Title: Wild Peace: Healing Relationships through Primal Awareness
Author: RedWolfReturns
Source: Retrieved on February 16, 2011 from flag.blackened.net
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“It is a silence out of which the tracker listens...” Tom Brown, The Tracker

For those of us raised in the matrix of post-modern industrial civilization, the sad reality is that the vast majority of our relationships are simply in tatters. We have come to the point in history where it is the norm for us to experience little, if any, respectful intimacy between ourselves and our wild relations (i.e. “the environment”). Subsequently, we have gotten to the point where we experience little, if any, respectful intimacy between ourselves and the people that surround us each day. And not surprisingly, we also experience little, if any, honest intimacy with our own deepest selves. We live at a time when the “existential crisis” — the feeling of being ultimately alone in a meaningless universe — is considered to be simply a core aspect of the “human condition”. In response to such an empty “human condition” as well as the many impersonal forces that dominate our lives, we compulsively seek ways to escape the reality we are faced with. Our escapes come in the form of various addictive behaviors ranging from full-blown alcohol & drug abuse to the American average of 5+ hours of “zoning-out” in front of TV’s illusions each night. What all this amounts to is that real life is slipping by, moment by moment, and we are simply not there.

So how do we begin the process of healing these broken relationships? The answer is simple, yet profoundly difficult for most of us raised & conditioned to a domination-oriented society. The answer is — in my opinion — for us to learn how to “shut up” and “listen”. To put it more diplomatically, we must re-learn the skills of respectful silence, and non-judgmental attention that have been fairly characteristic of our own primitive ancestors from countless millennia past. In a domination-oriented society, the operative rule for achieving power over others is; “I talk, you listen”. As each of us internalizes this rule, we get more and more caught up in our own voices — often voices of argument, judgment and rationalization — whether these are the chattering voices inside our heads, or the chattering voices coming from our mouths. This is “symbolic thought” in its most insidious form — the lawyer & judge we have been conditioned to make a part of ourselves. We then get caught up in the battle between our own voice and all the other human voices out there vying to be heard — and just like people caught up in any argument, we rarely even hear the people we are arguing with, let alone voices outside the discussion. Often then, when the struggle becomes too much for us, or is not going our way, we begin to simply avoid the topic and the people involved — we break off the relationship. How many times have we been in conversations where we find ourselves compulsively interrupting each other? Or even if we are silent outside, inside we are usually focused on judging what is being said while either “checking out” or thinking about what we are going to say in response. How many of us have experienced relationships that disintegrated into power-struggles where nearly everyone came away feeling wounded & misunderstood?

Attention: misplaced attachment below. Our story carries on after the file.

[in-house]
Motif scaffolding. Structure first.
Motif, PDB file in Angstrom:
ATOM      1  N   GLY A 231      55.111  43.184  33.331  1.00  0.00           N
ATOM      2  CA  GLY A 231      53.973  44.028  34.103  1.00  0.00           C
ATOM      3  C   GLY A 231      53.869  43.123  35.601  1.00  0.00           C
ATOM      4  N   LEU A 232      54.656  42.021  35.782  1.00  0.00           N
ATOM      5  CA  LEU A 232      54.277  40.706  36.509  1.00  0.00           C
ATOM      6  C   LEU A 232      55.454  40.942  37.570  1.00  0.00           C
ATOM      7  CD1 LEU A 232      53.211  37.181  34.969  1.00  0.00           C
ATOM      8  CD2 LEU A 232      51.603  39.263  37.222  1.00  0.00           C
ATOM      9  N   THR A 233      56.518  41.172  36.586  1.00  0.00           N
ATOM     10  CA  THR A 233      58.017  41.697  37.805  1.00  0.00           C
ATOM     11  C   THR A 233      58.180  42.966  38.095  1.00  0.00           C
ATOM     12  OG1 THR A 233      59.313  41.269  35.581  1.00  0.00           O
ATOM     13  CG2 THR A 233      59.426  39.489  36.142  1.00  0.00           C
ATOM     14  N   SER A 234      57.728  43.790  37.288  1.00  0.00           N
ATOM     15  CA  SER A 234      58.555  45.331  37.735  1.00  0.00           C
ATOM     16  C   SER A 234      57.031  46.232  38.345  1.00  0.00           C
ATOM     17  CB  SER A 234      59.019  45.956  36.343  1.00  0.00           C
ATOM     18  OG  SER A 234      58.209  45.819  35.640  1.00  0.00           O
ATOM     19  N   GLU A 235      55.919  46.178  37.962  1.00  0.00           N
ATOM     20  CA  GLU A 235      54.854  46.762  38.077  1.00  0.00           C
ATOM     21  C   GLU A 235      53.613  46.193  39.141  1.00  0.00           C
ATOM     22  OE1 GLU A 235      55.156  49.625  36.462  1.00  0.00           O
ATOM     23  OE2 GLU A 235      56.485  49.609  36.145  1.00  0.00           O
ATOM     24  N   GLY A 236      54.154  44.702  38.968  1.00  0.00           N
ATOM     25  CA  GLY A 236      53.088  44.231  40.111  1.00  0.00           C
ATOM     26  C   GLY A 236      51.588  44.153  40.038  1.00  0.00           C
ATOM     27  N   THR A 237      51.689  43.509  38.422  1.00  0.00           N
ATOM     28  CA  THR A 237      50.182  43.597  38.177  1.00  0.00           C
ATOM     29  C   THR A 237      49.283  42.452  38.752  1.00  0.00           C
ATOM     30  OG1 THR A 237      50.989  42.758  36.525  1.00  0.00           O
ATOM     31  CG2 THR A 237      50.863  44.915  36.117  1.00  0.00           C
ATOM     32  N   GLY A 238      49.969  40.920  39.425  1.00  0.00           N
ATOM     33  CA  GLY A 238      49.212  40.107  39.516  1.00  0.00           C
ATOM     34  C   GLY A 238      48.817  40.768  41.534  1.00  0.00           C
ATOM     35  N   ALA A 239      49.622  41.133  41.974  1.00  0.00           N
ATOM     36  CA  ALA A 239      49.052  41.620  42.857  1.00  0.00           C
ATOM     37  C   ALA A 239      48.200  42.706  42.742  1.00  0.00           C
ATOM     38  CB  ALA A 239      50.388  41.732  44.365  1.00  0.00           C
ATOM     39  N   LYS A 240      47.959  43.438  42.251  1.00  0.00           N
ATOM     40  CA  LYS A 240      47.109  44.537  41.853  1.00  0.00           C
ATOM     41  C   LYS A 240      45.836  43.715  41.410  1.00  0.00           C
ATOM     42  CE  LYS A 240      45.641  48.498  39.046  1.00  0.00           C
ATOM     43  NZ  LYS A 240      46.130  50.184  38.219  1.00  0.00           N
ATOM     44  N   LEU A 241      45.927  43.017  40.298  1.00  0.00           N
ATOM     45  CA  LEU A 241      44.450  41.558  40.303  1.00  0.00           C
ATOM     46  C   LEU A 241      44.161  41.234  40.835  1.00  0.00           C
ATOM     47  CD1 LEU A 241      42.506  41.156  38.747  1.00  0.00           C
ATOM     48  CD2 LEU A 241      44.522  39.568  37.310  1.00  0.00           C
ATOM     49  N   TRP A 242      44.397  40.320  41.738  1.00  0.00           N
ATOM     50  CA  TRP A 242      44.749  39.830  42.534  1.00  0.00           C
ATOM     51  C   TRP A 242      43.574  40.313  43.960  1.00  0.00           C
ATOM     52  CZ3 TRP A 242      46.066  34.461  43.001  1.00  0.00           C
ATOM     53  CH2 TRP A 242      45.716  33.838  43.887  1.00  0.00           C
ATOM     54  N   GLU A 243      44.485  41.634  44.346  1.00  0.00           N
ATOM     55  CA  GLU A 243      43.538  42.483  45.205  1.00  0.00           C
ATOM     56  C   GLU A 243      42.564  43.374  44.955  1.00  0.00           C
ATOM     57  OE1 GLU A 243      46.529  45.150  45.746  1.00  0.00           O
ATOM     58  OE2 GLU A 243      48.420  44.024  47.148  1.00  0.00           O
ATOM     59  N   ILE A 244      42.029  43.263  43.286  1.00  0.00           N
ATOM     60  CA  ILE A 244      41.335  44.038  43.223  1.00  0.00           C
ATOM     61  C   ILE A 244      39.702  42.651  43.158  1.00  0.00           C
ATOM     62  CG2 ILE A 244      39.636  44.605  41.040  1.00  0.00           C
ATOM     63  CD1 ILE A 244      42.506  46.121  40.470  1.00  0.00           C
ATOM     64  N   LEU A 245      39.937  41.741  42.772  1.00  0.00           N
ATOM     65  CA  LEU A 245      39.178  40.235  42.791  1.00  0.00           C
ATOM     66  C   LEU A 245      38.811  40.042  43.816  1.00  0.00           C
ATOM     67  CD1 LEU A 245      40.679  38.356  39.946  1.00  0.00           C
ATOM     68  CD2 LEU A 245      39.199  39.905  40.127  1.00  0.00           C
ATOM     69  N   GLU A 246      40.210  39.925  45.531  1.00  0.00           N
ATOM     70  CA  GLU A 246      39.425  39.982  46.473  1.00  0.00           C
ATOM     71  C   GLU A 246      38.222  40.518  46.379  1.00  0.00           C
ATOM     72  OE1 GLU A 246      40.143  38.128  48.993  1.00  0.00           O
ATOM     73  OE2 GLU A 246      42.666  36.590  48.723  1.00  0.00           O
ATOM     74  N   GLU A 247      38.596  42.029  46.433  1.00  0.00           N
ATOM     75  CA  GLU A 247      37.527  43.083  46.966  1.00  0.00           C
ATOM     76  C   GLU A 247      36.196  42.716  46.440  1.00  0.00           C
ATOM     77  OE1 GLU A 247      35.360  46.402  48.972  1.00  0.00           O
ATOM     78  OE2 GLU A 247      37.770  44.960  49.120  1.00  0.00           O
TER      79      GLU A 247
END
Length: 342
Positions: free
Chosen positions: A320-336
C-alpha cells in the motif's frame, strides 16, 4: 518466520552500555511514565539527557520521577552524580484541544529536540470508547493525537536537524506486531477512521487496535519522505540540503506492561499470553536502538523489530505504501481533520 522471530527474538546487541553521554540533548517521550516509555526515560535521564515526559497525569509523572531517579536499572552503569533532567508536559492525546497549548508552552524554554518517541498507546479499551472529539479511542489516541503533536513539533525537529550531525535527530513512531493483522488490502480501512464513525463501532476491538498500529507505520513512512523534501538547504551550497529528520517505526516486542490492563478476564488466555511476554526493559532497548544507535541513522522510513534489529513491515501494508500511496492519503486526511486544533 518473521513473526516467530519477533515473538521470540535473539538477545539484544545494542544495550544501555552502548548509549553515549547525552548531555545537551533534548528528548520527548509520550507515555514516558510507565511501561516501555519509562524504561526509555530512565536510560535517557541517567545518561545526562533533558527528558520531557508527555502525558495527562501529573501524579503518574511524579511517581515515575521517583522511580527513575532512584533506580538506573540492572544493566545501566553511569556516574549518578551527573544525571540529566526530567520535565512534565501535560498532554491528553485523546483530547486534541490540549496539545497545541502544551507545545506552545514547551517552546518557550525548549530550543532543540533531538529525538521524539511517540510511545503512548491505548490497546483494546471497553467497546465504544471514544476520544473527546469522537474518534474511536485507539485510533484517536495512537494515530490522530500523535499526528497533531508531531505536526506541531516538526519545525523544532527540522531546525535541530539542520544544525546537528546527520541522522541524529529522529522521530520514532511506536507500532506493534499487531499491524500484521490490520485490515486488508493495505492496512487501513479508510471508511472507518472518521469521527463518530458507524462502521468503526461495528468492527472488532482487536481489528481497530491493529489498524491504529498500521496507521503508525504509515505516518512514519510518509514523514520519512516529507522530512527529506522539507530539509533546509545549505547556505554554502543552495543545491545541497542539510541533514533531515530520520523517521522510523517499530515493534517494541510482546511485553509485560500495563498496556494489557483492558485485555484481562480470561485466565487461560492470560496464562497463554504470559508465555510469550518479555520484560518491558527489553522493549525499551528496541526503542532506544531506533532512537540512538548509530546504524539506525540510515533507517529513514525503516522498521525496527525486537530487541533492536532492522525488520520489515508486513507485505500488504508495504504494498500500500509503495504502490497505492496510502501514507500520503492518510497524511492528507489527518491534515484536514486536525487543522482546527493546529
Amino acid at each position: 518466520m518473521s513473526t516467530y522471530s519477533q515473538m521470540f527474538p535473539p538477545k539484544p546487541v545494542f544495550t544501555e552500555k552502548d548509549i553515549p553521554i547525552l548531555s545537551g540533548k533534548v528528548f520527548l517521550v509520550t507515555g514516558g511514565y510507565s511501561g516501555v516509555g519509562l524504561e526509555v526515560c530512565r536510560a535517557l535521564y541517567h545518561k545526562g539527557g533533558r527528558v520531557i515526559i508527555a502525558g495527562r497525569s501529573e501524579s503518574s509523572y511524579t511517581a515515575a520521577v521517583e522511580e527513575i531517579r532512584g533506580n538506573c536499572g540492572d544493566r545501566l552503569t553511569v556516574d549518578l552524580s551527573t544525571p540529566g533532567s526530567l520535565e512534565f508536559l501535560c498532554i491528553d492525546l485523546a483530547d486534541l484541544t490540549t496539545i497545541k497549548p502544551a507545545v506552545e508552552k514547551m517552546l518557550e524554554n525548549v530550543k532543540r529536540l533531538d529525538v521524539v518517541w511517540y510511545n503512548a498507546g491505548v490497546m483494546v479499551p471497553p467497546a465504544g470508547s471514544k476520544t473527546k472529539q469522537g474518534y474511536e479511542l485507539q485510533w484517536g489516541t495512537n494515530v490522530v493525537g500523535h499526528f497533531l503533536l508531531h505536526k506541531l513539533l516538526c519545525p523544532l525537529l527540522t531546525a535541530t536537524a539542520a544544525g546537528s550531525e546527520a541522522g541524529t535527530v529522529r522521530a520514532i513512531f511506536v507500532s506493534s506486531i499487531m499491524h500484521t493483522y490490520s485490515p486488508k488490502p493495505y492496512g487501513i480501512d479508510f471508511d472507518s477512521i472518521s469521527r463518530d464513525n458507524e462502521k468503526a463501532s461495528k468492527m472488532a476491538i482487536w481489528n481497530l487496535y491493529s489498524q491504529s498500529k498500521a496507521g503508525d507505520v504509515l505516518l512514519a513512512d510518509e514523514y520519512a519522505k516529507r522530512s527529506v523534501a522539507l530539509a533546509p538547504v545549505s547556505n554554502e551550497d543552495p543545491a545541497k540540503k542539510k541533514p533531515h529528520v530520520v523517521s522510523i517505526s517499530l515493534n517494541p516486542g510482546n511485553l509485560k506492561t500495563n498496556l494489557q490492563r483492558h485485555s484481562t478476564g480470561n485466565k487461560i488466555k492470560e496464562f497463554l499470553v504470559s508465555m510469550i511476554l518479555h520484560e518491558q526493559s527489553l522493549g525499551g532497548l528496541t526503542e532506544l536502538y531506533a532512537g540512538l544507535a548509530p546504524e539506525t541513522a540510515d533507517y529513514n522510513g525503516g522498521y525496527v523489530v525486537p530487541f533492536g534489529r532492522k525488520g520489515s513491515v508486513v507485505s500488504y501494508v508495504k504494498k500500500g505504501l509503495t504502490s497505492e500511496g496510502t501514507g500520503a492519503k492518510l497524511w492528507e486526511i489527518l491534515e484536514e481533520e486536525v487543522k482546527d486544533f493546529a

These same dynamics (not surprisingly) then pervade our relationships outside the human sphere. How many times have any of us gone for a hike in the woods and found ourselves completely absorbed in our own thoughts without seeing or hearing much of anything around us? Often these thoughts are about some political drama or conflict (whether personal or impersonal) in our lives, or they are made up of judgments about the world around us as well as our rationalizations for those judgments. Sometimes they are made up of fantasies that enable us to escape from reality (i.e. relationship) almost as effectively as if we were watching TV. The dynamic even dominates how we relate to our own bodies — how many times have we been so carried away by our thoughts that we failed to be aware of getting thirsty or tense or fatigued until the situation had gone too far?

Scribbles on paper.

You’re thinking they have meaning.

Stop. Feel your eyes now.

So how do we go about cultivating silence & awareness (i.e. “shutting up & listening”) in order to begin facilitating the kind of respectful communication that will heal our relationships and put an end to our existential crisis? Here are a couple of practices that come immediately to mind;

1. The Talking Circle:

“It does not require many words to speak the truth” — Chief Joseph, Nez Perce